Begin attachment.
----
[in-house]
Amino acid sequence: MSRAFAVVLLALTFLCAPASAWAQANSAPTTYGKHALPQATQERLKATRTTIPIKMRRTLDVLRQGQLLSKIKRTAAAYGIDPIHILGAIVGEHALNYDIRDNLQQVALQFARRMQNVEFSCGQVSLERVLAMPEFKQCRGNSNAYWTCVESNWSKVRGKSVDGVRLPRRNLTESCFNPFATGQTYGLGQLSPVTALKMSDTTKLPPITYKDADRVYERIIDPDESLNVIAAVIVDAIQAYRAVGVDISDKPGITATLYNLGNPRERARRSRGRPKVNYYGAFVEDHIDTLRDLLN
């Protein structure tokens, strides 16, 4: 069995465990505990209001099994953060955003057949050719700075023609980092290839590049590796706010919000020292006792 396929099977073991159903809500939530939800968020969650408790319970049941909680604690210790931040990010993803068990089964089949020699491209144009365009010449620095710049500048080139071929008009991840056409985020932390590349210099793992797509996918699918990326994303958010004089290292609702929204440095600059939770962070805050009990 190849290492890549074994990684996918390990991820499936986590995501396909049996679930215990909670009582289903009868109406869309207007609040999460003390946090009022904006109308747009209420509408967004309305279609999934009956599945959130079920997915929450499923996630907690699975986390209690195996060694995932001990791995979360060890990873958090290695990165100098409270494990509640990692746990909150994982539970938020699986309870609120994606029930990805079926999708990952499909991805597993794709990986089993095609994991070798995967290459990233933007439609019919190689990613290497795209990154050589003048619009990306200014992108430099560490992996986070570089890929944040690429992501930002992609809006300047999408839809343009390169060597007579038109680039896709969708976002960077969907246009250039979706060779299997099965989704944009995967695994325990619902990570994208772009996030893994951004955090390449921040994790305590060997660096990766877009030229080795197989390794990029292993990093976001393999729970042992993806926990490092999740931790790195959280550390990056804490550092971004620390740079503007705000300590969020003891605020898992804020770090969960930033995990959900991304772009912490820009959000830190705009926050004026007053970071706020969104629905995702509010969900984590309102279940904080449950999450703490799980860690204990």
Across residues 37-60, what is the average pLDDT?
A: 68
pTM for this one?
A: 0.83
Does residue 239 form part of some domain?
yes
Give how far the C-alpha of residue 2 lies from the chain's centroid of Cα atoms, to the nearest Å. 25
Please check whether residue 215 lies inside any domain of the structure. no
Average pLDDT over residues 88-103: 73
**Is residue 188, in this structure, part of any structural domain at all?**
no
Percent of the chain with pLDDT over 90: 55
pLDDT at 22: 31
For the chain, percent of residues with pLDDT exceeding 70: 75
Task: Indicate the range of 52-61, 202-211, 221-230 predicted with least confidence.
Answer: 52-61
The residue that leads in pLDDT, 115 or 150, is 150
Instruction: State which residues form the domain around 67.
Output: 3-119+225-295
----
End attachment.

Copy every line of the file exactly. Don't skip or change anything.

[in-house]
Amino acid sequence: MSRAFAVVLLALTFLCAPASAWAQANSAPTTYGKHALPQATQERLKATRTTIPIKMRRTLDVLRQGQLLSKIKRTAAAYGIDPIHILGAIVGEHALNYDIRDNLQQVALQFARRMQNVEFSCGQVSLERVLAMPEFKQCRGNSNAYWTCVESNWSKVRGKSVDGVRLPRRNLTESCFNPFATGQTYGLGQLSPVTALKMSDTTKLPPITYKDADRVYERIIDPDESLNVIAAVIVDAIQAYRAVGVDISDKPGITATLYNLGNPRERARRSRGRPKVNYYGAFVEDHIDTLRDLLN
């Protein structure tokens, strides 16, 4: 069995465990505990209001099994953060955003057949050719700075023609980092290839590049590796706010919000020292006792 396929099977073991159903809500939530939800968020969650408790319970049941909680604690210790931040990010993803068990089964089949020699491209144009365009010449620095710049500048080139071929008009991840056409985020932390590349210099793992797509996918699918990326994303958010004089290292609702929204440095600059939770962070805050009990 190849290492890549074994990684996918390990991820499936986590995501396909049996679930215990909670009582289903009868109406869309207007609040999460003390946090009022904006109308747009209420509408967004309305279609999934009956599945959130079920997915929450499923996630907690699975986390209690195996060694995932001990791995979360060890990873958090290695990165100098409270494990509640990692746990909150994982539970938020699986309870609120994606029930990805079926999708990952499909991805597993794709990986089993095609994991070798995967290459990233933007439609019919190689990613290497795209990154050589003048619009990306200014992108430099560490992996986070570089890929944040690429992501930002992609809006300047999408839809343009390169060597007579038109680039896709969708976002960077969907246009250039979706060779299997099965989704944009995967695994325990619902990570994208772009996030893994951004955090390449921040994790305590060997660096990766877009030229080795197989390794990029292993990093976001393999729970042992993806926990490092999740931790790195959280550390990056804490550092971004620390740079503007705000300590969020003891605020898992804020770090969960930033995990959900991304772009912490820009959000830190705009926050004026007053970071706020969104629905995702509010969900984590309102279940904080449950999450703490799980860690204990």
Across residues 37-60, what is the average pLDDT?
A: 68
pTM for this one?
A: 0.83
Does residue 239 form part of some domain?
yes
Give how far the C-alpha of residue 2 lies from the chain's centroid of Cα atoms, to the nearest Å. 25
Please check whether residue 215 lies inside any domain of the structure. no
Average pLDDT over residues 88-103: 73
**Is residue 188, in this structure, part of any structural domain at all?**
no
Percent of the chain with pLDDT over 90: 55
pLDDT at 22: 31
For the chain, percent of residues with pLDDT exceeding 70: 75
Task: Indicate the range of 52-61, 202-211, 221-230 predicted with least confidence.
Answer: 52-61
The residue that leads in pLDDT, 115 or 150, is 150
Instruction: State which residues form the domain around 67.
Output: 3-119+225-295